Natijahnya, Anak Negeri Sabah sama nasib dengan Anak Negeri Sulu, di Selatan Filipina yang bukan sahaja kehilangan tanah tumpah darah mereka, malah kehilangan kerajaan dan negara; sehingga akhirnya mendapat suaka politik di Sabah ekoran kesilapan waris Sultan Sulu yang menyerahkan tuntutan mereka ke atas Sabah kepada Kerajaan Filipina, sedangkan Sulu adalah negara Merdeka!

Kesilapan waris Sultan Sulu ini menyebabkan Sulu berada di bawah jajahan takluk Filipina dan terus menjadi ‘Pusat Pelupusan Etnik’ di Asia Tenggara sehinggakan semua rakyat Sulu terpaksa menggunakan bukan sahaja matawang, malah Pasport Filipina dan tidak mempunyai autonomi dalam segala bidang, termasuk politik dan ekonomi.

Dalam kebanyakan kes, Kerajaan Filipina tidak mengaku warga Sulu sebagai rakyat Filipina sehingga mereka terpaksa ‘dipenjarakan’ lebih lama di semua Pusat Tahanan Sementara yang diwujudkan Kerajaan Persekutuan; malangnya warga Malaysia terpaksa menyara makan minum mereka selama di Pusat Tahanan Sementara dan kos penghantaran balik.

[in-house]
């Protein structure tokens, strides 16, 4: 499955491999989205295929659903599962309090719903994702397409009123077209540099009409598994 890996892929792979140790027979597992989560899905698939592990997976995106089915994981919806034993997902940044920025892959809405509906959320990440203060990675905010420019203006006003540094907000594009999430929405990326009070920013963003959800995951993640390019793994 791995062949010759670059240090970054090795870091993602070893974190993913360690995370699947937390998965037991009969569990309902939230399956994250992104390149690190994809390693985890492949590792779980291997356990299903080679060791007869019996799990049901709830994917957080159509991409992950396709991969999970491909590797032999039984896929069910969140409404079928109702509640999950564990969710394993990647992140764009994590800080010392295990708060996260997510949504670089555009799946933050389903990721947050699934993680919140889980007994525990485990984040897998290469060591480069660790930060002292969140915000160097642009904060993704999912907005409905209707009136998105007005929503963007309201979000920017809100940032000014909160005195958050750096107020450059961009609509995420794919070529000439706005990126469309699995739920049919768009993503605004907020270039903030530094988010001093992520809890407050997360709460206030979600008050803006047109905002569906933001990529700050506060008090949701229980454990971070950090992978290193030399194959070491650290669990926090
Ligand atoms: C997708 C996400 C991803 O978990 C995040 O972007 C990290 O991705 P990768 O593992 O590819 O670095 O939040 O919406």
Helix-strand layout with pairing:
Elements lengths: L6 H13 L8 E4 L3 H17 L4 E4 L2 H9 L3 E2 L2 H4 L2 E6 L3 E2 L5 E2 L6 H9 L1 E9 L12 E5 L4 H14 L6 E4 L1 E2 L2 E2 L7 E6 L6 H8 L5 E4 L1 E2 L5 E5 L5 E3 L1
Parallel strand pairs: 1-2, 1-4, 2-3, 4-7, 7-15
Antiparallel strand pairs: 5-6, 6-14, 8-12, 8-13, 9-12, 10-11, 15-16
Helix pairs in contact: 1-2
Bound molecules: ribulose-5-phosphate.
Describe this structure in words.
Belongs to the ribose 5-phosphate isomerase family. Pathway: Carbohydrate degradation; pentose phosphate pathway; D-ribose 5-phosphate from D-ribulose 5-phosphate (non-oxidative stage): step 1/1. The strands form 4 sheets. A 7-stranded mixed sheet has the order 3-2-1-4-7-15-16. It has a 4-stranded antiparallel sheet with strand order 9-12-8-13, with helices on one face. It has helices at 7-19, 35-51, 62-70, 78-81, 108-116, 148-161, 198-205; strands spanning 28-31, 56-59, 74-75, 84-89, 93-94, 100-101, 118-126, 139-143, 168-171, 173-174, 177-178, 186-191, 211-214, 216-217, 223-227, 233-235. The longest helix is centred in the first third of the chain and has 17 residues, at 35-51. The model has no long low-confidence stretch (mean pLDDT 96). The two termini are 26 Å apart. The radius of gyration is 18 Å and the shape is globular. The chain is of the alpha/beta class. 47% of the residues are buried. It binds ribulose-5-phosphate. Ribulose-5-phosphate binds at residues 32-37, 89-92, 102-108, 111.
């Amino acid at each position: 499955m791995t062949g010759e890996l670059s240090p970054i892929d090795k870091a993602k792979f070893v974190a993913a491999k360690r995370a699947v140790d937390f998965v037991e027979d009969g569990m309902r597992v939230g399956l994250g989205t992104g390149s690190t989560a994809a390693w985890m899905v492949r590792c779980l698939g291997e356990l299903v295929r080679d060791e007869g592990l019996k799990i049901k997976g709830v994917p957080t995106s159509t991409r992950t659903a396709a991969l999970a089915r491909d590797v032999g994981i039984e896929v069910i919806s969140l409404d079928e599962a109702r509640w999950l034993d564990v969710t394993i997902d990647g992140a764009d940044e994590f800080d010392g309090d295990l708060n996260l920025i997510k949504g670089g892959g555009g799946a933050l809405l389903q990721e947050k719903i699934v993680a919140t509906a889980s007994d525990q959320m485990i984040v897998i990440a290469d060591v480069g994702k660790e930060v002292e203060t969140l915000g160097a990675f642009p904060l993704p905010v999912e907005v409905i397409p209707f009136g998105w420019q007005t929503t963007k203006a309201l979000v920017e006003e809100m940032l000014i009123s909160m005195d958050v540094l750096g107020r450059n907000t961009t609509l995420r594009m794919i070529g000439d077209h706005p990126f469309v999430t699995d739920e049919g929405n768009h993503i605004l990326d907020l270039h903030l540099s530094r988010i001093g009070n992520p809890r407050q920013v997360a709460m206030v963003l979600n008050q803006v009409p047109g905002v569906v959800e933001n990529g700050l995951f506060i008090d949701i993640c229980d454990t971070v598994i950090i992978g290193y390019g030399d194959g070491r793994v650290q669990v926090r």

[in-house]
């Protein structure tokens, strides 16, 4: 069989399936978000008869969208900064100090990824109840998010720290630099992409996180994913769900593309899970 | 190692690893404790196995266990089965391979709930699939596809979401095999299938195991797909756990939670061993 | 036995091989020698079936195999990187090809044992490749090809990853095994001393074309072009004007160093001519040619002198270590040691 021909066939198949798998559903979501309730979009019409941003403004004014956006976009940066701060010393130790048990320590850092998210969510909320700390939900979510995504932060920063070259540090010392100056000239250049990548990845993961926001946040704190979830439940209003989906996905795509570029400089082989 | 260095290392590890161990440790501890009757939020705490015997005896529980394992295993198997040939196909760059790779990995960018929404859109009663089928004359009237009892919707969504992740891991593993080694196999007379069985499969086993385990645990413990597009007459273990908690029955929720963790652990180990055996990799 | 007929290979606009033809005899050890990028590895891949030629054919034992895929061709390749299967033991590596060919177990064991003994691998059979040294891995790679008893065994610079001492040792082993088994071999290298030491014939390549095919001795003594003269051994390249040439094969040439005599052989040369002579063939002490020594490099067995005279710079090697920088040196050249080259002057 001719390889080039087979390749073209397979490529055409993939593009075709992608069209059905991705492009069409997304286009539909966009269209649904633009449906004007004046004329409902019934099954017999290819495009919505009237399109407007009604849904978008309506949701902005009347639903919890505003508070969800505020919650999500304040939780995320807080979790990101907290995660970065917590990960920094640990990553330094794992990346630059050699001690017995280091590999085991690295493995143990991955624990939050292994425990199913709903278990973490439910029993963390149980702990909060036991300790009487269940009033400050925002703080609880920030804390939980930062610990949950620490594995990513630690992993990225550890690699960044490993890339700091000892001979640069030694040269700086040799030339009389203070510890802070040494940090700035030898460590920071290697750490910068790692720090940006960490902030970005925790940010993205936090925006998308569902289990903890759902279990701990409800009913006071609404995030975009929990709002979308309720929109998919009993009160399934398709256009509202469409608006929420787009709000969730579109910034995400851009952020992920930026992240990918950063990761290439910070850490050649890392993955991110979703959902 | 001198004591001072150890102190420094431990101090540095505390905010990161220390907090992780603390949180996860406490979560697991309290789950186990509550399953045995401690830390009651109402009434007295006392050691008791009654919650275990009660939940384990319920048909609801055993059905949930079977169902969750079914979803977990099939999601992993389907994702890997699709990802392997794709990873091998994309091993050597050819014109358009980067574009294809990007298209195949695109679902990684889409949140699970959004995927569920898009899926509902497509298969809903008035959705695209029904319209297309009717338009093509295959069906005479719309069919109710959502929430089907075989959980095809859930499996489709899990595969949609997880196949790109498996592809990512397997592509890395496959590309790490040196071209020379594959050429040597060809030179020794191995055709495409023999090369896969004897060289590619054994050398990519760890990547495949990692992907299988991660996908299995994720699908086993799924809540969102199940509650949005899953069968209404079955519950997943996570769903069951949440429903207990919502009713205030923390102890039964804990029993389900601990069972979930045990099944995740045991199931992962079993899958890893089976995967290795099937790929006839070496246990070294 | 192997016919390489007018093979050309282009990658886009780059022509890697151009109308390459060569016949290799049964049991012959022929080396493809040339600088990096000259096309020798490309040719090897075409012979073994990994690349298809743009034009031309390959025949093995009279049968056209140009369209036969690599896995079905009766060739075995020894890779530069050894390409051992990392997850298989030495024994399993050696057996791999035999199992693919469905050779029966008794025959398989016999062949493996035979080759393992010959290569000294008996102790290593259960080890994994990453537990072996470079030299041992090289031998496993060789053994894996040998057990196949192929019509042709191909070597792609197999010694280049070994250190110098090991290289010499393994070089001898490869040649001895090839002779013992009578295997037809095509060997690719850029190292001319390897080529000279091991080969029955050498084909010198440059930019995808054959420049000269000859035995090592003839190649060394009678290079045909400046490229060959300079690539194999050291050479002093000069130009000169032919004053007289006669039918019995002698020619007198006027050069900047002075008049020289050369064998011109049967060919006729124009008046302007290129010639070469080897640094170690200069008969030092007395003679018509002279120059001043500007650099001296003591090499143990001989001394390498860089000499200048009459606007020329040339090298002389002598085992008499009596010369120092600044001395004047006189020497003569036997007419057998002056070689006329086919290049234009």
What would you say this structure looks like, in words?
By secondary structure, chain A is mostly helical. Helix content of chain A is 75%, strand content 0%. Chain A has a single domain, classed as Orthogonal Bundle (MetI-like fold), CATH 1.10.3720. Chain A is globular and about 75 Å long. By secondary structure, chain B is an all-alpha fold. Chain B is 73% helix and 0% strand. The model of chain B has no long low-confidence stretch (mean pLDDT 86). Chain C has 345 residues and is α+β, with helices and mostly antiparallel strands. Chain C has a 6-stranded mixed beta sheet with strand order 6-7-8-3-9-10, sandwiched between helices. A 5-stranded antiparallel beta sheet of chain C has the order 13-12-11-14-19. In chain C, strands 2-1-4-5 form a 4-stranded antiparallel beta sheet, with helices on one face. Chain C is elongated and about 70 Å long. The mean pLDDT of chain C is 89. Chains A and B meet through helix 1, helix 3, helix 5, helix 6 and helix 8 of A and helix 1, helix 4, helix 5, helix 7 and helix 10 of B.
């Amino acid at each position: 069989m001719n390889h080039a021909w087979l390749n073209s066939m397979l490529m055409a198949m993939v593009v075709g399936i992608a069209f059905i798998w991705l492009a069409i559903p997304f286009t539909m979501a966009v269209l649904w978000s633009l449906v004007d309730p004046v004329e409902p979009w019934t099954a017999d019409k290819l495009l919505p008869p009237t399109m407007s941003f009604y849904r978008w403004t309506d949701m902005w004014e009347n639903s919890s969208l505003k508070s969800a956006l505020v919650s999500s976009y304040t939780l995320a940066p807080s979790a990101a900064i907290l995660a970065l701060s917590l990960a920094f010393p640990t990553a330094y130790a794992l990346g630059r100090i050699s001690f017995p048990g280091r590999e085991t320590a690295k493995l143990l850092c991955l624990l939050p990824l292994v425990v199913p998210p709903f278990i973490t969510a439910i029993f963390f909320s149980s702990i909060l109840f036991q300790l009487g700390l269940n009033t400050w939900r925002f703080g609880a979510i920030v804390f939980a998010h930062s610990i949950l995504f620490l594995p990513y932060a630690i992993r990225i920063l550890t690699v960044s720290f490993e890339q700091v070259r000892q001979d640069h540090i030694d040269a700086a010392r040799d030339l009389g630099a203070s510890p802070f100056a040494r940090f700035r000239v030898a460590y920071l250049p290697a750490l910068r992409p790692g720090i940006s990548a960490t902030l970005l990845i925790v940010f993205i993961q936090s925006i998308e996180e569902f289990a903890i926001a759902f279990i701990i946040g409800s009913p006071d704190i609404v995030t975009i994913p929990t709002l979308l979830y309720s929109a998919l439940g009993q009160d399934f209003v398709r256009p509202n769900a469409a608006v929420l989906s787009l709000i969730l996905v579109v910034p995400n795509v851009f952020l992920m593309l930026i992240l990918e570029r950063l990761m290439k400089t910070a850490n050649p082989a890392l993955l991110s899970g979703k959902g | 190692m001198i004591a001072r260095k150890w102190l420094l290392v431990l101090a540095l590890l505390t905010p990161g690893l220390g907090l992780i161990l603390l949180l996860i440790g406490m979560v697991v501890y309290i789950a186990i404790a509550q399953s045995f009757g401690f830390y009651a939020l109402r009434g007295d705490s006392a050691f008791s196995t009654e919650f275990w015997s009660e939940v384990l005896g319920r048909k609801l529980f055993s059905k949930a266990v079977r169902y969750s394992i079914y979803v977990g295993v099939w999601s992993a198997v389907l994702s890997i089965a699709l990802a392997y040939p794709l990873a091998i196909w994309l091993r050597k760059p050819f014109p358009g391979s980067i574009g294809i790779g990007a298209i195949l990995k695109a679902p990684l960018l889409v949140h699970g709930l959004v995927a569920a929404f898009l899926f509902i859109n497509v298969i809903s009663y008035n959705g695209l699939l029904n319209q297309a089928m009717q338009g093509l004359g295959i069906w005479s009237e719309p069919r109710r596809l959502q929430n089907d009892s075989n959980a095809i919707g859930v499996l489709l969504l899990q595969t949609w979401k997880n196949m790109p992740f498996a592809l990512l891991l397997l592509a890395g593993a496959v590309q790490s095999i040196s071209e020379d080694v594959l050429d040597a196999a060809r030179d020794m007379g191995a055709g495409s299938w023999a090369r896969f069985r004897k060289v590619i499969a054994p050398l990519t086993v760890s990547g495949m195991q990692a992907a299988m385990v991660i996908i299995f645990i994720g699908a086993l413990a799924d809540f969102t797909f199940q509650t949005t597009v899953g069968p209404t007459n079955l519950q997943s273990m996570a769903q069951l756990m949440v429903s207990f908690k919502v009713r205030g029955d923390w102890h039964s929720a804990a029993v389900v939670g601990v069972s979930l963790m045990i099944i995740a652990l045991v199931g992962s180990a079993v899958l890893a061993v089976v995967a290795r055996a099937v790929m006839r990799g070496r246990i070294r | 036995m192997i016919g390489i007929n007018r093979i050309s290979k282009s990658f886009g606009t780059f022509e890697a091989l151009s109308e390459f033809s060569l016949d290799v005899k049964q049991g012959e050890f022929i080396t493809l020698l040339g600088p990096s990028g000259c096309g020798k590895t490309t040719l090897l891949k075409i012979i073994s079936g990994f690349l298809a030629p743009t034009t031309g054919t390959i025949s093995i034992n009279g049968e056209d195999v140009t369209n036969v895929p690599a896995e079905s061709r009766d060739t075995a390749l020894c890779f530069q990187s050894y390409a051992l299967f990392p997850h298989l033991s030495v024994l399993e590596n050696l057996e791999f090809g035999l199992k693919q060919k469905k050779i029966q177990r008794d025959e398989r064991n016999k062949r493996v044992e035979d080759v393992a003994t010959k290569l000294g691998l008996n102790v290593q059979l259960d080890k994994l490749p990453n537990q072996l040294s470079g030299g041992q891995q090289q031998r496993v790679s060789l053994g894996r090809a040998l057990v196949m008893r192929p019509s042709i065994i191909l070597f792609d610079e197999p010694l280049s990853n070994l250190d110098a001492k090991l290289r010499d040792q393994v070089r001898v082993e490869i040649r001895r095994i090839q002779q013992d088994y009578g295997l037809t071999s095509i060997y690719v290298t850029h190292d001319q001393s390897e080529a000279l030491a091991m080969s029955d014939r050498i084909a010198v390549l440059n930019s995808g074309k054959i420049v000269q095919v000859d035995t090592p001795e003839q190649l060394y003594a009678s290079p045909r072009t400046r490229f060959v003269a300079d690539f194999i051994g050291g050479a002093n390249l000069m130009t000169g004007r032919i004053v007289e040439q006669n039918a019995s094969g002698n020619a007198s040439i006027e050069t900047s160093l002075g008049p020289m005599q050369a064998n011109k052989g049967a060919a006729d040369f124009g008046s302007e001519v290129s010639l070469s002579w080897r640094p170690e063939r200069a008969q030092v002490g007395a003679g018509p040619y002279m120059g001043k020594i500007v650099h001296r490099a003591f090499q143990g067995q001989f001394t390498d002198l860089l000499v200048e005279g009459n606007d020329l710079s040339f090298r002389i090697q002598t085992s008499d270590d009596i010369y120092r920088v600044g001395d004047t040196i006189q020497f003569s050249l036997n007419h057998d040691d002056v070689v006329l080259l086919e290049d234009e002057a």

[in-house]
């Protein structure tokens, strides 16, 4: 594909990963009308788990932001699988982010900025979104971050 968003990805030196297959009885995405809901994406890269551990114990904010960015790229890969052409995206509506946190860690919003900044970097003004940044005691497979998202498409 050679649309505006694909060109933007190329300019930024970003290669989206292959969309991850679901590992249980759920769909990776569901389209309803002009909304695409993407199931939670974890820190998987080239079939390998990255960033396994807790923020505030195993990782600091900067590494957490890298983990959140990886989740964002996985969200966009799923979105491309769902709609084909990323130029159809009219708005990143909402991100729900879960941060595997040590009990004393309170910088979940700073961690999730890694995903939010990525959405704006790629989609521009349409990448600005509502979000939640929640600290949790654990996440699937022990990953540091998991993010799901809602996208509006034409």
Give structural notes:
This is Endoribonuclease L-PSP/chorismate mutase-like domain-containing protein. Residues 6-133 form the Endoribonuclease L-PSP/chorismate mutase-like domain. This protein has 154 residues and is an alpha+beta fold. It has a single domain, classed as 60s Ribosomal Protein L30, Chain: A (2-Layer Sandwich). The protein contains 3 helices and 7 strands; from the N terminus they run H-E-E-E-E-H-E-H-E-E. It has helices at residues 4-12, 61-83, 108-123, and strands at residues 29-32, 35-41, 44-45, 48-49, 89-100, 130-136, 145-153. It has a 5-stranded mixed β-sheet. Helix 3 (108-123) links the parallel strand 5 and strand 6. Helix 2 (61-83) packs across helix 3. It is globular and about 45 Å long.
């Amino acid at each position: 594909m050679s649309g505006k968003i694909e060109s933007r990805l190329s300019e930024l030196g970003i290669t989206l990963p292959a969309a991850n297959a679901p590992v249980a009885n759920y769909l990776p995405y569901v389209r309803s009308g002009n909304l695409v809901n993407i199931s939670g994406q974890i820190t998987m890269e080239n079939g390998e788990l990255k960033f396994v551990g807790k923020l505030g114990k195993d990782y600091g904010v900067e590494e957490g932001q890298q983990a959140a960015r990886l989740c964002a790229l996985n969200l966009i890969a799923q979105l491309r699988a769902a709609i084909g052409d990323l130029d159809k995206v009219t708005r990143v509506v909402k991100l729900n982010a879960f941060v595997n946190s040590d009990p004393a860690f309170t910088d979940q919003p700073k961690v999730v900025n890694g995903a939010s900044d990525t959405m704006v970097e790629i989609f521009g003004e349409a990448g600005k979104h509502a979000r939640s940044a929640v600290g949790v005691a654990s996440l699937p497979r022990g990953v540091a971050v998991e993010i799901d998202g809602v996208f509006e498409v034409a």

Berbalik kepada Anak Negeri Sabah yang sebelum ini telah lama bertapak dan berdaulat di Tanah Adat, termasuk hutan rimba yang telah menjadi mangsa politik pemerintah kerana di’revoke’ beberapa kali daripada Hutan Simpan kepada Kawasan Tadahan Air dan kepada Tanah Kerajaan dan diwartakan semula sebagai Hutan Simpan.

Keadaan ini menyebabkan banyak tanah milik ‘Anak Negeri’ dan ‘Tanah Adat’; ada yang telah dikeluarkan geran hak milik, masih termasuk di dalam Hutan Simpan yang diwartakan secara mutlak pada 1984; menjelang kejatuhan Kerajaan Berjaya, namun Kerajaan PBS yang memerintah selama lebih 9 tahun; disifatkan sebagai ‘Parti Berdosa Sabah’ kerana tidak melakukan sesuatu untuk menyelamatkan Anak Negeri yang terperangkap di dalam Hutan Simpan; terutama yang disimpan untuk Kroni oleh beberapa kerajaan selepasnya, termasuk BN yang mengamalkan ‘Konsep Madu 3’ pada 1994 sehingga 2003.

Antara ‘Tanah Anak Negeri’ yang telah dikeluarkan geran hakmilik tetapi masih berada di dalam Hutan Simpan termasuklah di perkampungan di Kawasan Mount Pock dan Tanjung Nagus di Semporna dan Kampung Sumambu di Tenom.